I’m Lizzy Hodcroft and I’m an addict

Ideas come and go. Every successful entrepreneur has seen ideas fail. That’s all part of it. The thing that all (successful) entrepreneurs have in common is their commitment to being entrepreneurs.


It’s an identity thing: To be an entrepreneur is to declare that your mission is to create extraordinary value in the world. It’s extraordinary because to do so you must create vehicles (businesses) for that value creation much larger than yourself.

To aspire to be an entrepreneur is to be on the path of learning how to do all of that.

To give up on entrepreneurship itself, is to give up on that path of maximized value creation. There’s no reason at all to do so, ever.

Hi there. My name is Lizzy Hodcroft and I’m addict.

I’m completely addicted to start up.

When you look up the definition of addiction, you’ll find a lot of meanings that throw in the words “compulsive disorder”. What I found most interesting was this, “The two properties that characterize all addictive stimuli are that they are reinforcing and intrinsically rewarding.”


Kinda sounds exactly like entrepreneurship right?


And there is nothing wrong with that. One of the best parts of starting your own business is the excitement, possibilities and emotional reward when things go right.

But this can also go wrong – very very wrong. And in so many different ways.

Whether it’s too many coffees, staying up all night, drinking to relax or even eating bad food on the go, we all have made choices during our entrepreneurial journey that means we compromise ourselves to chase the success we all crave for our business.

And when we do this repeatedly, over and over again, it can become a real problem. Chasing highs to combat earlier lows or failure can be just as detrimental to your health as chasing the high of a good batch of cocaine.

Maybe part of the conflict is that for the first time in our lives, we are now focusing on things “we want to do” rather than the usual job structure of what “we need to do”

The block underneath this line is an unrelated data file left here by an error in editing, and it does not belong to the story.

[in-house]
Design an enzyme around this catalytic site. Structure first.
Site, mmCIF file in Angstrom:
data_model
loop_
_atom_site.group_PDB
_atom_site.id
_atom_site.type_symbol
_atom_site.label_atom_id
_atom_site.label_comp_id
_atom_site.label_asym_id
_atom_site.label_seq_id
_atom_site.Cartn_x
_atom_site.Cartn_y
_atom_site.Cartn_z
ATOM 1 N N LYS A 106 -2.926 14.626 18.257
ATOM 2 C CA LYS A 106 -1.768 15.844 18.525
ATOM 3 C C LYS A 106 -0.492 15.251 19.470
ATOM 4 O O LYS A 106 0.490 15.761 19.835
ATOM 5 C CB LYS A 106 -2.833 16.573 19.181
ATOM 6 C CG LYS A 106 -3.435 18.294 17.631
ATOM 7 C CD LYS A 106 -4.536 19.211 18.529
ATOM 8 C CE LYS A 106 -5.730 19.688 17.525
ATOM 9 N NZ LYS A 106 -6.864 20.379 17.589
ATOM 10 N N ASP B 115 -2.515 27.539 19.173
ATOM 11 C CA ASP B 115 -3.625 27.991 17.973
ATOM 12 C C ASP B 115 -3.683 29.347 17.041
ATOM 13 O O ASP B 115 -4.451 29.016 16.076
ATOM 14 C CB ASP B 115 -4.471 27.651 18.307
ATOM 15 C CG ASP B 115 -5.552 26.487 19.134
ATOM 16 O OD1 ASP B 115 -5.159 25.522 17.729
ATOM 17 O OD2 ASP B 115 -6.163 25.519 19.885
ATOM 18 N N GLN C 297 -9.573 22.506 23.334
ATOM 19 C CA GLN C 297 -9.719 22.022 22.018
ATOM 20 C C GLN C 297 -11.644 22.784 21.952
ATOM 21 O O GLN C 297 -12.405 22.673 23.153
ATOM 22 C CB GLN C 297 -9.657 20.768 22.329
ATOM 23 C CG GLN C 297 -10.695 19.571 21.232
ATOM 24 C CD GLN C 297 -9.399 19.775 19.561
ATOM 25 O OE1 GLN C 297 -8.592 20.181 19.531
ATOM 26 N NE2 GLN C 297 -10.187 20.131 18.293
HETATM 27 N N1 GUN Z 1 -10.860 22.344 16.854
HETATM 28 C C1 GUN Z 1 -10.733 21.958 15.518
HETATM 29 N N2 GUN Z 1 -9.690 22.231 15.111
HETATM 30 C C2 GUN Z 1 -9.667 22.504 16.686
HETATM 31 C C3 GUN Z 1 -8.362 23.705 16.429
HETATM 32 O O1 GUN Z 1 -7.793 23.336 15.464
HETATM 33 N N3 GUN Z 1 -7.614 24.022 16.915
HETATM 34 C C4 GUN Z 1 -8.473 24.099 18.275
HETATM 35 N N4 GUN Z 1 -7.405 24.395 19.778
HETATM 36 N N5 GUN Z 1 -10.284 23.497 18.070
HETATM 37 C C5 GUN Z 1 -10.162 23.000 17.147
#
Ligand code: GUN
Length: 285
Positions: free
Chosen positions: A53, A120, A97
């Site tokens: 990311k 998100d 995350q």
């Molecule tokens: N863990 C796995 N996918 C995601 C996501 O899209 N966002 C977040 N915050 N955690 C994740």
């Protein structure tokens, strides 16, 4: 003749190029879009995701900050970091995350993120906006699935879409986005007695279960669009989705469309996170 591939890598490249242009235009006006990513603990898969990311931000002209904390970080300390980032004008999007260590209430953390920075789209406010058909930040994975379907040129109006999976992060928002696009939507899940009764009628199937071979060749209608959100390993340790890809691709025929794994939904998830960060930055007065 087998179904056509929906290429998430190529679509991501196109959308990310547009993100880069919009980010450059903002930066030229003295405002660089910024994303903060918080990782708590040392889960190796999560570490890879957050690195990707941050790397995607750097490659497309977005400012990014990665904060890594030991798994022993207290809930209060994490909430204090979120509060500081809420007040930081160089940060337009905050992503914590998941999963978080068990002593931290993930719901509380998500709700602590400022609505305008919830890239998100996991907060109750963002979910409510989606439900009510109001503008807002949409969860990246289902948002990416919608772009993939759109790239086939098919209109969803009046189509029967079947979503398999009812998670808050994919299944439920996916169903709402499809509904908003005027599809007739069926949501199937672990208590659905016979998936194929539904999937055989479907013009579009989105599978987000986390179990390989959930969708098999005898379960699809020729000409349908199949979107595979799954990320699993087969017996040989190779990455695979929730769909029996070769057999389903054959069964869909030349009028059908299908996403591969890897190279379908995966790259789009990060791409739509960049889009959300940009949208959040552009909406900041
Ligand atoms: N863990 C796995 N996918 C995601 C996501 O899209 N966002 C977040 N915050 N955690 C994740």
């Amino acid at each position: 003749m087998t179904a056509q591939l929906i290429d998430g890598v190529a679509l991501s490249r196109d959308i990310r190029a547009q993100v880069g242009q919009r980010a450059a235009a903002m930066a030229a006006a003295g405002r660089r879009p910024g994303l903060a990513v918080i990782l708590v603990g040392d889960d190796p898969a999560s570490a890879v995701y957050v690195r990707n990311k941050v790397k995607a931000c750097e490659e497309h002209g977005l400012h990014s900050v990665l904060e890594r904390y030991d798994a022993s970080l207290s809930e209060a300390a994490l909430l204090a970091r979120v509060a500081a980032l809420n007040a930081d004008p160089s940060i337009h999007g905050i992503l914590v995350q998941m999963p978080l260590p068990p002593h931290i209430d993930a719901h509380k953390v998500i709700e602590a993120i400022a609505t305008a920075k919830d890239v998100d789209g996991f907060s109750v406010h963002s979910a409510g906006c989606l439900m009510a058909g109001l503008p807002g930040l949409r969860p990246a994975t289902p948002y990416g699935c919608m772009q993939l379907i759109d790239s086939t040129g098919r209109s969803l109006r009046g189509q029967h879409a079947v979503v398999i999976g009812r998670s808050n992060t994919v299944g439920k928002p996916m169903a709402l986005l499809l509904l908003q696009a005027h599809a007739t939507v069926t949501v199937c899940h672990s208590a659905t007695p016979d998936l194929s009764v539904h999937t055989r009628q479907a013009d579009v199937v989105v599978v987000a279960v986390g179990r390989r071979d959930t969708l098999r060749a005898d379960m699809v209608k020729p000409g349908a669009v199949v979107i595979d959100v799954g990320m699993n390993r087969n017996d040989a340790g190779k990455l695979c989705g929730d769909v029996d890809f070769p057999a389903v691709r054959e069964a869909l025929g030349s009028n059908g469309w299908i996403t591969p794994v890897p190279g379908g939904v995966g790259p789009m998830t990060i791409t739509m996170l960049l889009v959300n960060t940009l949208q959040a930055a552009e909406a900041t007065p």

I’ve never been great at patience, especially if I’m stuck in an uncomfortable part of my life.

It’s something personally, I have always found extremely trying and hard. As soon as I feel uncomfortable, I feel I must change something, fix something, just do something I just can’t handle sitting through the storm and letting it blow over. But being so reactive had also led to quite a few bad outcomes. I make impulse decisions with quite often, bad judgement.

Everything in my business quickly becomes priority number one and this reflects in the way I work with others too. Subconsciously, I’m setting myself short and strict timelines to get things done. Ping me an email while I’m working on something else? I’ll answer straight away. And then I’ll start something new, and then I’ll remember that one thing that I wanted to do awhile go and start that. Perhaps the phone will ring – I’m on it! Look at me! So many tasks! So productive!


Is it wrong to do that? I don’t know. It has certainly helped me to be successful in my professional life. At the same time, it comes at a price, and I have to stop and ask myself at what point is it okay to slow down a little?

Impulse for me, and I believe most of us, seems to lead to a more negative meaning – reckless, hasty, and foolhardy. Making decisions and not thinking things through. But it’s important to remember that impulsiveness can also imply spontaneity and inciting bigger ideas into action.

When you have pushed yourself as an entrepreneur for years and years, it becomes an absolute habit and part of your very makeup. Nothing is more energizing than that – it’s the best adrenaline rush there is.

And I’m addicted to it

And so I am working each day to be careful to control this addiction. Like all addictions, I have been amazed at how hard it can be to control. But they say the first step is to admit there is a problem, which I now do very openly. I am still working on figuring out the second step, but I will definitely let you know when I get there. I just hope that by being open about this struggle in my own life, others out there will gain insights that will help them, so at least some good can come out of me going crazy.

Finding balance through my own self-discovery and awareness is a much my mission as the success of my business- for if I am not thriving, I am not at my best to execute any decision – impulsive or not.

Separating yourself from your work is difficult, especially for founding entrepreneurs, but we must learn to remain humble during the good times, and steadfast during the bad. Only with distance can we find the balance that we crave.

The bottom line is that there are only 24 hours in a day and that is an unchangeable fact. (The sick part is I totally would change that if I could to allow for more time to get even more done. I really do have a problem don’t I?).

I’m Lizzy Hodcroft, and I’m an addict.

I’m Lizzy Hodcrcoft and I’m a Founder, entrepreneur, pet owner, trusting friend and work in progress.


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